A stack of employment records

Organize your employment records before your legal consultation.

So you think you have an employment discrimination or wrongful termination case and are looking to hire a lawyer. Just as you must evaluate the lawyer to decide if they are right for you, the lawyer must assess your legal claims to determine whether they should represent you. Once you have gone through the preliminary consultation and conflict check, the lawyer will likely schedule an in-person or Zoom meeting to delve into your claims in greater detail. The more information you have readily available, the more easily the lawyer can assess your claims. Of course, that does not mean you should share every scrap of paper conceivable! Below, I describe what information and documents you should share to help the consulting lawyer evaluate your case.

What should you bring to your consultation?

Aim to share — in as neatly organized a manner as possible — those documents that relate to your legal claims. Below is a list you can use as a starting point:

  1. A written chronology that you have prepared that lays out the facts of the case. Tell your story in a neat, chronological order that allows the attorney to understand what happened to you. Make sure to cover the following: When did you start working for the employer? To whom did you report? How was your performance and what were your evaluation scores? What happened that you believe was illegal? What was said/done? Can you prove that others were treated differently? Were any biased comments made? Who are your witnesses and what did they see/hear? Did you complain? What happened next? What evidence do you have that supports your case? How has the illegal conduct affected you economically? How has it affected you emotionally? You are preparing this for an attorney, so write “For legal consultation — attorney-client privilege” at the top. The attorney will likely benefit from getting your chronology in advance of the meeting.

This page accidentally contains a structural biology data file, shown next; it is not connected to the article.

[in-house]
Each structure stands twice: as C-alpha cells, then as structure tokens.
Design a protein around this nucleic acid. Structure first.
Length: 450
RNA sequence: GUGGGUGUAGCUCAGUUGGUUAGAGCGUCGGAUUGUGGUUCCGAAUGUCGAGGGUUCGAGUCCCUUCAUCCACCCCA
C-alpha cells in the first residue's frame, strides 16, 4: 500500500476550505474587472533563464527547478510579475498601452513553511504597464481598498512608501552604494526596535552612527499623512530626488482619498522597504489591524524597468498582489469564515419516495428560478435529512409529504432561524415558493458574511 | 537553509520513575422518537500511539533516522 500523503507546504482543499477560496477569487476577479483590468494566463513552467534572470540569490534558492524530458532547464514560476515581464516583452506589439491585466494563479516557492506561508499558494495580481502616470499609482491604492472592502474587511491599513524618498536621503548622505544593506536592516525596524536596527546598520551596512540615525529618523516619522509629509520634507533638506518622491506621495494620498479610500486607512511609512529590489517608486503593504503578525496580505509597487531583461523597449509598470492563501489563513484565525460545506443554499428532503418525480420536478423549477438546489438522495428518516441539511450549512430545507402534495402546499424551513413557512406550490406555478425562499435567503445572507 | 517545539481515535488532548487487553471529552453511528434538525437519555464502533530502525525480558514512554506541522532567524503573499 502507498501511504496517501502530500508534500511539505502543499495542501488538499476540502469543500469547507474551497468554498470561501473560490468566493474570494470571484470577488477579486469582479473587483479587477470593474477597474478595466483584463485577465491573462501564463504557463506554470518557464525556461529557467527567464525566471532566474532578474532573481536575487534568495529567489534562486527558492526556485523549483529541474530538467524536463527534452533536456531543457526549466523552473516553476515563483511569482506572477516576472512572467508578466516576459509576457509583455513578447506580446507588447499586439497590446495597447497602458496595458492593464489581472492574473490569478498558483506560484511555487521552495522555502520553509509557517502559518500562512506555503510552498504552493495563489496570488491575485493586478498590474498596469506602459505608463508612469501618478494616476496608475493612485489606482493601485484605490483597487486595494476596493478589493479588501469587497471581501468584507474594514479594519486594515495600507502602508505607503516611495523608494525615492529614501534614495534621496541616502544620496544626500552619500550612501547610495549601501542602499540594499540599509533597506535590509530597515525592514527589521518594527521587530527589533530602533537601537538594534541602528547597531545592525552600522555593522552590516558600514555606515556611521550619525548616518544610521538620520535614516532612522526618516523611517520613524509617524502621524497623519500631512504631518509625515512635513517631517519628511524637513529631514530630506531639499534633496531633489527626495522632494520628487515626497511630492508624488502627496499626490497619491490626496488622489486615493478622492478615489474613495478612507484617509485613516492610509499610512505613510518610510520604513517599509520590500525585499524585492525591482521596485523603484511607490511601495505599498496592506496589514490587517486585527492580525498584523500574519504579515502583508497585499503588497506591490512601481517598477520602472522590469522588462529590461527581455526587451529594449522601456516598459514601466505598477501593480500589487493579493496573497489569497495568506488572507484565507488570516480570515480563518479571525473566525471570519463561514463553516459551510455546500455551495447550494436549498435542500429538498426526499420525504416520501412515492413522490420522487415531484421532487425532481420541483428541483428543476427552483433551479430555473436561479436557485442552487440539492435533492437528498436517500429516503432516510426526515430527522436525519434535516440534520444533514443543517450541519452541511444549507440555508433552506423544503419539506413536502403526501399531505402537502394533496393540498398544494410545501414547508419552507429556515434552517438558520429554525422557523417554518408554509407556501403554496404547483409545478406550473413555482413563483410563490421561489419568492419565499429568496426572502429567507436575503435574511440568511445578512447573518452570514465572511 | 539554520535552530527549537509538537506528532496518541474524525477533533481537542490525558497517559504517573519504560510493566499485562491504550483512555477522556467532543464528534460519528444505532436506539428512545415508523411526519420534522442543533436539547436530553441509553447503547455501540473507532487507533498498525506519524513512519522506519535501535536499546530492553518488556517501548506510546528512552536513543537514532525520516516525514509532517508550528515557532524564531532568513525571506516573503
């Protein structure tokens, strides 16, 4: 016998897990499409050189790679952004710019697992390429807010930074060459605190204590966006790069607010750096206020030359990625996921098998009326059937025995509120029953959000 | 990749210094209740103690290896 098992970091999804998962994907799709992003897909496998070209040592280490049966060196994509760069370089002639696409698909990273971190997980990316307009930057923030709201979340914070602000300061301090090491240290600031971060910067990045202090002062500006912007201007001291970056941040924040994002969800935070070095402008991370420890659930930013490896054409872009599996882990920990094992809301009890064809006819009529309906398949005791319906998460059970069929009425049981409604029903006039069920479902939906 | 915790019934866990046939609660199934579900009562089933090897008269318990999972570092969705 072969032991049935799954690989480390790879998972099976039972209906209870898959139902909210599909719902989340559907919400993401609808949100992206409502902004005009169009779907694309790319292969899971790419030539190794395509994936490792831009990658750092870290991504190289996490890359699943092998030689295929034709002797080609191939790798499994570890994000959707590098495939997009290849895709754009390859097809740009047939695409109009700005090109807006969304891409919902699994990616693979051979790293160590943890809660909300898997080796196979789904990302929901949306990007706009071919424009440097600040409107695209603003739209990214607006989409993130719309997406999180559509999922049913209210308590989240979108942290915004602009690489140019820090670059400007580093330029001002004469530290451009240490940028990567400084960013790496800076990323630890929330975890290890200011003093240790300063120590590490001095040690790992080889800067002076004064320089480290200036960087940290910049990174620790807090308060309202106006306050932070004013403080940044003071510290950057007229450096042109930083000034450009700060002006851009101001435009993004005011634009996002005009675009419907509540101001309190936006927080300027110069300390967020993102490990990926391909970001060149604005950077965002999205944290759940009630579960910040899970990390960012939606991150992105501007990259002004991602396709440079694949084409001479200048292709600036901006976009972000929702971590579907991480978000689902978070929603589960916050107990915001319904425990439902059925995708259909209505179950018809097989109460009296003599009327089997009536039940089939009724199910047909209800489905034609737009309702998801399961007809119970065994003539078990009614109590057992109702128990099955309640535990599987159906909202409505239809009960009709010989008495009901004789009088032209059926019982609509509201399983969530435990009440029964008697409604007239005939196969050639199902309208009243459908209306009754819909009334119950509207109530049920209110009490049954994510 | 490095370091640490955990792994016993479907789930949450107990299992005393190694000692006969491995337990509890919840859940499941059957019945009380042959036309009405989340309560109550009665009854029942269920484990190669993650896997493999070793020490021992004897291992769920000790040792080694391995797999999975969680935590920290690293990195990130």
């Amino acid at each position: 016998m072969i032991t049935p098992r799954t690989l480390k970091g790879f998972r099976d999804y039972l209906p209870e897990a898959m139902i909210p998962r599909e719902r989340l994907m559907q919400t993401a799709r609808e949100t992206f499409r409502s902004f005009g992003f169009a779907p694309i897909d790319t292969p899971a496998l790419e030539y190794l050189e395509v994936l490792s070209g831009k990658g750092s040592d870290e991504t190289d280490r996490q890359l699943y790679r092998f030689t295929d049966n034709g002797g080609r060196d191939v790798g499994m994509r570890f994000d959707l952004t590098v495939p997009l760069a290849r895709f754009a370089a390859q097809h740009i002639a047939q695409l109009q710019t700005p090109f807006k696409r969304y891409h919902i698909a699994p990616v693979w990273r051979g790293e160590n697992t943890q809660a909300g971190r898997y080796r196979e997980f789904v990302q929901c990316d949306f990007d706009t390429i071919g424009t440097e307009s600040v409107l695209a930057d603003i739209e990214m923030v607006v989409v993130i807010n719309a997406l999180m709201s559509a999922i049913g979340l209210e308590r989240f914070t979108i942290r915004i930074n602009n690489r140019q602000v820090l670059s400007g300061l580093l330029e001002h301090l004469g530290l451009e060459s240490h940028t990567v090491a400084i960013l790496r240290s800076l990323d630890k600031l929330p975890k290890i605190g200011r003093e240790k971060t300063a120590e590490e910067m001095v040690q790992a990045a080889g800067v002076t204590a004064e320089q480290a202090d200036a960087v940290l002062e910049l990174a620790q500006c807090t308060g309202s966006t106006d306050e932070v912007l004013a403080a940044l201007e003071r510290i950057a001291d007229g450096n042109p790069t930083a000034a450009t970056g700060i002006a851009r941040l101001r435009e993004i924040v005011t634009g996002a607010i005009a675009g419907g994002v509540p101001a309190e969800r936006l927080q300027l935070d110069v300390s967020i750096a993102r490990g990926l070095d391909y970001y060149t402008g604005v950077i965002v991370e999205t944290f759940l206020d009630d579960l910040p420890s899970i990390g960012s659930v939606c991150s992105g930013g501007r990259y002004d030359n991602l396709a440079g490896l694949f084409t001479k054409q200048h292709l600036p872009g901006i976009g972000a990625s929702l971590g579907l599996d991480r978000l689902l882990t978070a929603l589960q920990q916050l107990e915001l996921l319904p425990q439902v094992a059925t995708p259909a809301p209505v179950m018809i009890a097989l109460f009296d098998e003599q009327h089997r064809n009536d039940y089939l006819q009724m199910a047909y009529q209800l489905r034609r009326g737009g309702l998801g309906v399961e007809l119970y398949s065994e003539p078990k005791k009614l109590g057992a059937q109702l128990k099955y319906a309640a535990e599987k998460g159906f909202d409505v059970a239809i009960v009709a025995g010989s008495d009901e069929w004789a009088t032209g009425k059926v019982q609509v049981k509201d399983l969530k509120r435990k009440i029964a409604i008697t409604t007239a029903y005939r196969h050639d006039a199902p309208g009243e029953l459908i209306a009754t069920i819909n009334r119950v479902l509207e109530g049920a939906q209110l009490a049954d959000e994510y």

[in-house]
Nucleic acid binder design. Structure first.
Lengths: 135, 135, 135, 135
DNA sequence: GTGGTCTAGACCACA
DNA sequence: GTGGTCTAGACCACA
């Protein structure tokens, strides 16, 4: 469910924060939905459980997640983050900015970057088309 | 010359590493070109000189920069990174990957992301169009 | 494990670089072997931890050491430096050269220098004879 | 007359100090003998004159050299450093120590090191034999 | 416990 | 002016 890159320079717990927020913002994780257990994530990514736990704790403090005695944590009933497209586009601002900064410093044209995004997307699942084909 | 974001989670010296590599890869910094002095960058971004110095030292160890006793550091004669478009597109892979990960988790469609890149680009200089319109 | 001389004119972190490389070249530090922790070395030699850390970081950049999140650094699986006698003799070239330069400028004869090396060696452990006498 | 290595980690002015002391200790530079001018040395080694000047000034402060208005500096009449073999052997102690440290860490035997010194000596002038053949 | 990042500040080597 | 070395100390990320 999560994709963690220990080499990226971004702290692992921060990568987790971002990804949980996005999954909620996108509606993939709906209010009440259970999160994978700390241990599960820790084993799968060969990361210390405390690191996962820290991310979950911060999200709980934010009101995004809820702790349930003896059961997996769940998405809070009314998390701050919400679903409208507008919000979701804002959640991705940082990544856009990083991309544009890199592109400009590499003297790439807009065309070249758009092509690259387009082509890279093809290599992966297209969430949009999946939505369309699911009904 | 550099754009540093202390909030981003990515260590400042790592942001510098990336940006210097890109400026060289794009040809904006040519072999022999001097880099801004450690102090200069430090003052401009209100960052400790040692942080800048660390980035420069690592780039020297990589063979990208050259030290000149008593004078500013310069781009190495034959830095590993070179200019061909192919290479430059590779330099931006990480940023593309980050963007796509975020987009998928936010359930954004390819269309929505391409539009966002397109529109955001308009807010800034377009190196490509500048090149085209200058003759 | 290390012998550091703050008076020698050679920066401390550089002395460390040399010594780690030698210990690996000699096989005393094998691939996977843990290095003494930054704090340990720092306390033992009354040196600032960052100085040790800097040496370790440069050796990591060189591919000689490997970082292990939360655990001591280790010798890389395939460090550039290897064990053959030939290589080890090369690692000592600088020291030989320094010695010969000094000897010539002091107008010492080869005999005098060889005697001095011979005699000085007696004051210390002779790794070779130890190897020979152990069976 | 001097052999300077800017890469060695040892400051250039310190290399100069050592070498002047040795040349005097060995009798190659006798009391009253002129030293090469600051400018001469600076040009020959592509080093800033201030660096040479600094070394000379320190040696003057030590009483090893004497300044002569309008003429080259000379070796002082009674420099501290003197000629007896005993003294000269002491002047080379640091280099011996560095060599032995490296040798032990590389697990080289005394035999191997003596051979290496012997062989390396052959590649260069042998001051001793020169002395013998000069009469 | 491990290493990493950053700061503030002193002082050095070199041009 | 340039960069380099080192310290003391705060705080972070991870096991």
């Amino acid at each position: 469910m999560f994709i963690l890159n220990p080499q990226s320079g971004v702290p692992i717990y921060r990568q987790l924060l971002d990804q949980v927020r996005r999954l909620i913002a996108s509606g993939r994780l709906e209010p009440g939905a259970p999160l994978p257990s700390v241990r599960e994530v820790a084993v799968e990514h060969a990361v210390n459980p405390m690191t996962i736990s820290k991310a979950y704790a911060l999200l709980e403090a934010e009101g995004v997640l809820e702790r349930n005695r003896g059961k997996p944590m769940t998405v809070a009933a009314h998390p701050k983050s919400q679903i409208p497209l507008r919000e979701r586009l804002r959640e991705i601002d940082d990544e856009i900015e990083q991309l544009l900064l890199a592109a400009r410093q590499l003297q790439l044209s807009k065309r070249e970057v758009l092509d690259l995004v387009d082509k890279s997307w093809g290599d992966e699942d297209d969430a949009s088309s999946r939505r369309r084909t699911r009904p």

2. A list of witnesses. Write down the names and contact information of all witnesses who have information relevant to your legal claims, along with what you think they can testify to.
  3. A copy of your most recent résumé. This helps give the lawyer a sense of your work history and the work you do.
  4. All documents you received from your employer when you started. This includes any employment offer letter, paperwork that you signed, and any employee handbook or policies given to you. This allows the attorney to get an understanding of the terms of your employment as well as official rules and expectations.
  5. All documents that you have from the employer reflecting their policies. This includes any employer handbook, policy manuals, and individual policy documents.
  6. All written job descriptions for positions you have held with the employer. This, too, helps the attorney understand the nature of the work you did and the necessary skills/abilities. Written descriptions are particularly useful in a disability discrimination case.